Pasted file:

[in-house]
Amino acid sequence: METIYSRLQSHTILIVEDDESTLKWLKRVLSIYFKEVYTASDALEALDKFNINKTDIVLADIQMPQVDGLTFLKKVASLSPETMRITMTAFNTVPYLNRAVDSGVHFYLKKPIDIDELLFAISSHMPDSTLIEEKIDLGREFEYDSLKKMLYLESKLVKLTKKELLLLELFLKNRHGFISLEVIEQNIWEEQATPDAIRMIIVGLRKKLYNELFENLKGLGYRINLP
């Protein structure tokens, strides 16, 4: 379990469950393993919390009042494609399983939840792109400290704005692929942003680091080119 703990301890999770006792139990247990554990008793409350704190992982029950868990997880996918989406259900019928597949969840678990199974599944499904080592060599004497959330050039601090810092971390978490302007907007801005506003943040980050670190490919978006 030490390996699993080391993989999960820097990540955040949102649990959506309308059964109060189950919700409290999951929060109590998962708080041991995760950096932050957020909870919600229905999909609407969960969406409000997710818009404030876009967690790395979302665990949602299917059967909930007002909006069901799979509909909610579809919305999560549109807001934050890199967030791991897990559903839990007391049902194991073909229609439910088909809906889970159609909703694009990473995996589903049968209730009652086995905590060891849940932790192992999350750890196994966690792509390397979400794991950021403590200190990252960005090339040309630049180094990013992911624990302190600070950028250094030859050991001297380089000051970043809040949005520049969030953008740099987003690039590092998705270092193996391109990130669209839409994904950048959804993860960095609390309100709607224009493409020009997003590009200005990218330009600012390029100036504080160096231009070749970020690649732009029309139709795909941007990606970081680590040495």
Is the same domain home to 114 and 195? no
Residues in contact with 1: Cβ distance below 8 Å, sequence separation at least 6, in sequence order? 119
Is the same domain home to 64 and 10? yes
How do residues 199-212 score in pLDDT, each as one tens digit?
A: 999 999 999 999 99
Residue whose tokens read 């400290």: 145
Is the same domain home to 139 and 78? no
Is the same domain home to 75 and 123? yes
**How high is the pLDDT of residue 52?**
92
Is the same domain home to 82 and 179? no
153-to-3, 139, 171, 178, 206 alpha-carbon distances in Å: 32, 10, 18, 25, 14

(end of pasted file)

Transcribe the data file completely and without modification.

[in-house]
Amino acid sequence: METIYSRLQSHTILIVEDDESTLKWLKRVLSIYFKEVYTASDALEALDKFNINKTDIVLADIQMPQVDGLTFLKKVASLSPETMRITMTAFNTVPYLNRAVDSGVHFYLKKPIDIDELLFAISSHMPDSTLIEEKIDLGREFEYDSLKKMLYLESKLVKLTKKELLLLELFLKNRHGFISLEVIEQNIWEEQATPDAIRMIIVGLRKKLYNELFENLKGLGYRINLP
């Protein structure tokens, strides 16, 4: 379990469950393993919390009042494609399983939840792109400290704005692929942003680091080119 703990301890999770006792139990247990554990008793409350704190992982029950868990997880996918989406259900019928597949969840678990199974599944499904080592060599004497959330050039601090810092971390978490302007907007801005506003943040980050670190490919978006 030490390996699993080391993989999960820097990540955040949102649990959506309308059964109060189950919700409290999951929060109590998962708080041991995760950096932050957020909870919600229905999909609407969960969406409000997710818009404030876009967690790395979302665990949602299917059967909930007002909006069901799979509909909610579809919305999560549109807001934050890199967030791991897990559903839990007391049902194991073909229609439910088909809906889970159609909703694009990473995996589903049968209730009652086995905590060891849940932790192992999350750890196994966690792509390397979400794991950021403590200190990252960005090339040309630049180094990013992911624990302190600070950028250094030859050991001297380089000051970043809040949005520049969030953008740099987003690039590092998705270092193996391109990130669209839409994904950048959804993860960095609390309100709607224009493409020009997003590009200005990218330009600012390029100036504080160096231009070749970020690649732009029309139709795909941007990606970081680590040495």
Is the same domain home to 114 and 195? no
Residues in contact with 1: Cβ distance below 8 Å, sequence separation at least 6, in sequence order? 119
Is the same domain home to 64 and 10? yes
How do residues 199-212 score in pLDDT, each as one tens digit?
A: 999 999 999 999 99
Residue whose tokens read 């400290």: 145
Is the same domain home to 139 and 78? no
Is the same domain home to 75 and 123? yes
**How high is the pLDDT of residue 52?**
92
Is the same domain home to 82 and 179? no
153-to-3, 139, 171, 178, 206 alpha-carbon distances in Å: 32, 10, 18, 25, 14